241/365 - Jury Duty, Days 2 - 4

Jury Duties
The handbook given to the Jury Pool on Monday - lots of good information in this little pamphlet and certainly qualifies as "reading material".

Day 2 summary - I spent 3 hours in the morning and 4 hours in the afternoon waiting. The 3 hours in the morning were worse than waiting in an airport - at least in an airport, people come and go, and there is stuff to buy. We waited in the holding room. I finished reading my magazines and started in on a book, but I grew tired of reading. In the afternoon, jury selection started for a 1st degree murder trial. You can imagine the seriousness of such a trial, so the jury selection progressed at a slow pace. I was one of the "lucky 7" whose number was never called, so I wasn't even considered for this jury. But I sat in the courtroom the entire afternoon.

Day 3 - I was a little smarter this morning and brought my laptop with me (yes, they allow them, although there is no internet connectivity) - I worked on photos from Colorado until we were called again for jury selection. This time, my number was called, I was asked several questions and I was accepted on a jury who would listen to a criminal case for "Armed Violence".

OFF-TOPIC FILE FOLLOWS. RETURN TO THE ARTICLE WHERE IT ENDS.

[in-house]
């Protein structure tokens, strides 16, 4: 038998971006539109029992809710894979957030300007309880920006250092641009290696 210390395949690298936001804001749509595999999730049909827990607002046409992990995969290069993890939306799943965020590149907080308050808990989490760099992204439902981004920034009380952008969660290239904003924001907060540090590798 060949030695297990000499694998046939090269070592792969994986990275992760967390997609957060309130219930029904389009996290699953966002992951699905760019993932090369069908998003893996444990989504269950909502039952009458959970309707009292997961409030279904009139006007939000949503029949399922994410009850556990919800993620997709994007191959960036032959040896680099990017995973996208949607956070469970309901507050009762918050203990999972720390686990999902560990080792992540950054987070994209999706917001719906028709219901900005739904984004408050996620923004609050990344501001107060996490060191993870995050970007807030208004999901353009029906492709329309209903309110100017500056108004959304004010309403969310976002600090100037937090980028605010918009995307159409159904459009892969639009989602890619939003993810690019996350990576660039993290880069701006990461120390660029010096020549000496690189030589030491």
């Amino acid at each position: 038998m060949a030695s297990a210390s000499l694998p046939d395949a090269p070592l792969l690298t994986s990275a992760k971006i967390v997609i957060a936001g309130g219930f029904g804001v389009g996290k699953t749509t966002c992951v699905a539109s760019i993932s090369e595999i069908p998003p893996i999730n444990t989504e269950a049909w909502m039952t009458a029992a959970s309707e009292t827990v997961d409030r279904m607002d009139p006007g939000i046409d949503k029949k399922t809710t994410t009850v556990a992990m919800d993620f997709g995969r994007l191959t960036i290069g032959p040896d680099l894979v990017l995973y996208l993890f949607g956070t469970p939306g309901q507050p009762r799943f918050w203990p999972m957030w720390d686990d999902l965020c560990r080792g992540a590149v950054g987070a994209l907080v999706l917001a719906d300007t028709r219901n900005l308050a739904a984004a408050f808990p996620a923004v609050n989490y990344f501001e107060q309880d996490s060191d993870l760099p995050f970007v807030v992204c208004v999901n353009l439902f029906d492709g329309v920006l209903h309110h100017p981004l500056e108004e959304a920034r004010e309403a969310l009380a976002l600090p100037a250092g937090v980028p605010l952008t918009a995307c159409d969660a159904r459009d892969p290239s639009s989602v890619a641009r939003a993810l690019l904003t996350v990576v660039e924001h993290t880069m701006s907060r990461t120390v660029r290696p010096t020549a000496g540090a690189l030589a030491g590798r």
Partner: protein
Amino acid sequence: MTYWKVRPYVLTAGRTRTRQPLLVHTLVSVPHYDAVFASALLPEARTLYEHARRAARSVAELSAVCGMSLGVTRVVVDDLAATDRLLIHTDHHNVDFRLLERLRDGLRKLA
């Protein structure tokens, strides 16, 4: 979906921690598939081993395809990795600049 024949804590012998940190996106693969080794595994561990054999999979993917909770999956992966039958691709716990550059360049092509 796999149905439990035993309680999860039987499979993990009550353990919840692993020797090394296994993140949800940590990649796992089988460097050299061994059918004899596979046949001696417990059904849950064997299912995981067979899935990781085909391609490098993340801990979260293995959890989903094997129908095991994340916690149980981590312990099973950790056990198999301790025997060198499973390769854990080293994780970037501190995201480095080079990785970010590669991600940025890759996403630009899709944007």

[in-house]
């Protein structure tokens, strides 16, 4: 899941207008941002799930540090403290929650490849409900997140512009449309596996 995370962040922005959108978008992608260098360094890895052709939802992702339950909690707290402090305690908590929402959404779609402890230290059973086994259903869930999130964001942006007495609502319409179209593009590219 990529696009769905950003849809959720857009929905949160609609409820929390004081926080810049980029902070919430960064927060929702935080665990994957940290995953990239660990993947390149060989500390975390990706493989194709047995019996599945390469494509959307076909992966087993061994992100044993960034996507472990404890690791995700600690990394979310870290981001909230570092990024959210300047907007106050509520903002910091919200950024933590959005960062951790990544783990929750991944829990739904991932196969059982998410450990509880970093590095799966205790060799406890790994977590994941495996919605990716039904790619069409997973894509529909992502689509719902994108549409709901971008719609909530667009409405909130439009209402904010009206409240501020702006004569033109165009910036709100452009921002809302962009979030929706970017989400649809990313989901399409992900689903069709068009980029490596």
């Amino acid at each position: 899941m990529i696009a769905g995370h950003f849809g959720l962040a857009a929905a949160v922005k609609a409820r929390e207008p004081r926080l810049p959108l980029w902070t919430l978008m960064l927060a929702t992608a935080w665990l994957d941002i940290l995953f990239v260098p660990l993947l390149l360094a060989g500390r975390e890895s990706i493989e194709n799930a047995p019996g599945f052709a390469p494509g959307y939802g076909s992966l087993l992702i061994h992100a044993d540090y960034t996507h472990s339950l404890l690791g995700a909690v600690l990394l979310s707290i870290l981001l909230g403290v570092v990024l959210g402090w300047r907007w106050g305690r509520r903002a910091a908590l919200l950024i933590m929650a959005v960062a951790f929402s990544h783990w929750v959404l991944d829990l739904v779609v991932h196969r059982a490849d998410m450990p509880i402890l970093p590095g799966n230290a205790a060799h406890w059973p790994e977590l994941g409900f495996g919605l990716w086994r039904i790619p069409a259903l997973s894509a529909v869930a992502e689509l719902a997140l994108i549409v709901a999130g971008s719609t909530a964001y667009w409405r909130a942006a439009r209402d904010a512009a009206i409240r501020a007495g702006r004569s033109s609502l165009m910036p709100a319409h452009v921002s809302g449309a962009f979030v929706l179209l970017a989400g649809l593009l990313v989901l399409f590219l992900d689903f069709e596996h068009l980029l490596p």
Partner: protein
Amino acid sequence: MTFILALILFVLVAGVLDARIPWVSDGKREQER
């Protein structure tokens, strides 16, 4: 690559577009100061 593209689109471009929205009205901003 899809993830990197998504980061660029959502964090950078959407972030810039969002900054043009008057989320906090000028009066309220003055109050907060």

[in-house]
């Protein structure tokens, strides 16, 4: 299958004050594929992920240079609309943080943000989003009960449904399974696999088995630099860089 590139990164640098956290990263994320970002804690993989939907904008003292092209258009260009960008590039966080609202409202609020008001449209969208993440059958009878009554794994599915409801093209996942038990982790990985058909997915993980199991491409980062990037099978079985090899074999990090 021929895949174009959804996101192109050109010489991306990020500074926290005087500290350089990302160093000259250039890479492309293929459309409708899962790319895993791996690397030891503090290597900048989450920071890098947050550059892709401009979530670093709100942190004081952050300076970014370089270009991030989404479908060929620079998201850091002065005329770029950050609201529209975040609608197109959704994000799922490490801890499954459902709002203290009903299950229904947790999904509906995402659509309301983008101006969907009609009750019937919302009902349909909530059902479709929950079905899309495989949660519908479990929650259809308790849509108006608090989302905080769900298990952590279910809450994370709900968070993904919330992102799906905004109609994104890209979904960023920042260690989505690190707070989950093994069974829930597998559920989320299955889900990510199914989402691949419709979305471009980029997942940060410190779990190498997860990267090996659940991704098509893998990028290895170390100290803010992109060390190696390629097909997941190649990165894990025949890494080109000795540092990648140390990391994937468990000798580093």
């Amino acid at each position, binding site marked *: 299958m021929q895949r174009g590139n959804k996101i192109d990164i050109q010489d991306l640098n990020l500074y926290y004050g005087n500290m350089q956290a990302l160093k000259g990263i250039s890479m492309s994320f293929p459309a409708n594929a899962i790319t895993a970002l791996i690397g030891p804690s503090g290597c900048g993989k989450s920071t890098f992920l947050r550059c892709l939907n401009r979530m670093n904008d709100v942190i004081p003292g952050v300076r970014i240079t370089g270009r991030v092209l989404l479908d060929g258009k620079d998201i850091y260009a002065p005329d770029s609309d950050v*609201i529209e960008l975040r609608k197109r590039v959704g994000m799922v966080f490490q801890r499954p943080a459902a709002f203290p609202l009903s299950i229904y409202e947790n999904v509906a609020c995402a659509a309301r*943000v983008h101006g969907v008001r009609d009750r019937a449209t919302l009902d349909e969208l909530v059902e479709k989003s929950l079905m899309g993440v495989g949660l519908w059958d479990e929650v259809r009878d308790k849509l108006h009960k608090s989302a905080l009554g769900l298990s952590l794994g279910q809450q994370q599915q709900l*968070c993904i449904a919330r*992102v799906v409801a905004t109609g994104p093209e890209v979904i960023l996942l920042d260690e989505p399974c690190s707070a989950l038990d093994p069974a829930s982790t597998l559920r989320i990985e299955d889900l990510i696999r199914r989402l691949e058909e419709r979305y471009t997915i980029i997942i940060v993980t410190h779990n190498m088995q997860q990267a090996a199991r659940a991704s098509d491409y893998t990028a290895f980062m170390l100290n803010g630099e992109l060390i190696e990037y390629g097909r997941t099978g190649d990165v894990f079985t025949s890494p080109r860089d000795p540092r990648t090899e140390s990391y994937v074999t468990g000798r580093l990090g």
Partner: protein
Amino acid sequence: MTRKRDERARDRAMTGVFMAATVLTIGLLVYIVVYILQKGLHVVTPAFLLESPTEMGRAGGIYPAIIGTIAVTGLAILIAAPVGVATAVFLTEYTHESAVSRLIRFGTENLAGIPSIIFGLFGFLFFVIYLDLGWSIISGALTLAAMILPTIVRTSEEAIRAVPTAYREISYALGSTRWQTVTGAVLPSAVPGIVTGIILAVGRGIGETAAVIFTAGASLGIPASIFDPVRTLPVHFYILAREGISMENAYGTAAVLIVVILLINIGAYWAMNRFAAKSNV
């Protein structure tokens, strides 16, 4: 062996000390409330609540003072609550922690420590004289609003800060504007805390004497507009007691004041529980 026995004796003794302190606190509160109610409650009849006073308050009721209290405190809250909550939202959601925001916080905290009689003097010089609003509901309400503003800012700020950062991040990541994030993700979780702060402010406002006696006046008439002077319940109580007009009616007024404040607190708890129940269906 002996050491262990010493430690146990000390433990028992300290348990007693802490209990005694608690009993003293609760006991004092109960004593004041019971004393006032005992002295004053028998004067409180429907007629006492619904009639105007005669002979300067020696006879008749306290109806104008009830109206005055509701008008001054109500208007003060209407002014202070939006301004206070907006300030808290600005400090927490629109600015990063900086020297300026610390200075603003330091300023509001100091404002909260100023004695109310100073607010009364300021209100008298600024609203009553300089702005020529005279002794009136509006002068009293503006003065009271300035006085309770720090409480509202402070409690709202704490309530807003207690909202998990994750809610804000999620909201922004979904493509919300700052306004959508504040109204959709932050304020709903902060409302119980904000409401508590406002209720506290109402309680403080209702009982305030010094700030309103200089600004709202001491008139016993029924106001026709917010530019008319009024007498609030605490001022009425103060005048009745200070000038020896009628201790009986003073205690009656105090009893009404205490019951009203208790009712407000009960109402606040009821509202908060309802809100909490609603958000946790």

The trial started in the afternoon. I learned that "Armed violence" consisted of two separate charges - (1) possession of a control substance (drugs) while (2) carrying a weapon (a gun). We heard testimony from three police officers, a forensic chemist and the defendant. We were discharged for the day before closing arguments were made.

Day 4 - We resumed the trial with evidence submission and closing arguments. Without going into details, the defense argued that while the defendant admitted to possession of crack cocaine, the gun that was found on the jacket he was wearing was not his, nor did he "willingly possess" the gun. He had simply donned the jacket, using it as a blanket in the back seat of a car. Three of the jurors could not reconcile his claims, and struggled with the "willing possession" of the gun. And I could see their point. However, in reading the definition of the charges, "possession" of the firearm was not written. The definition clearly omitted "possession" - only "carrying a weapon" was written in the definition of the charges. With this information, the jury passed a "guilty" verdict.

This was my first jury service and I really gained an appreciation for the judges, the lawyers, the police, the court system and the overall judicial process. Nothing is ever 100% clear cut. Your best bet is to avoid getting into trouble in the first place, and this includes hanging out with the right crowd.

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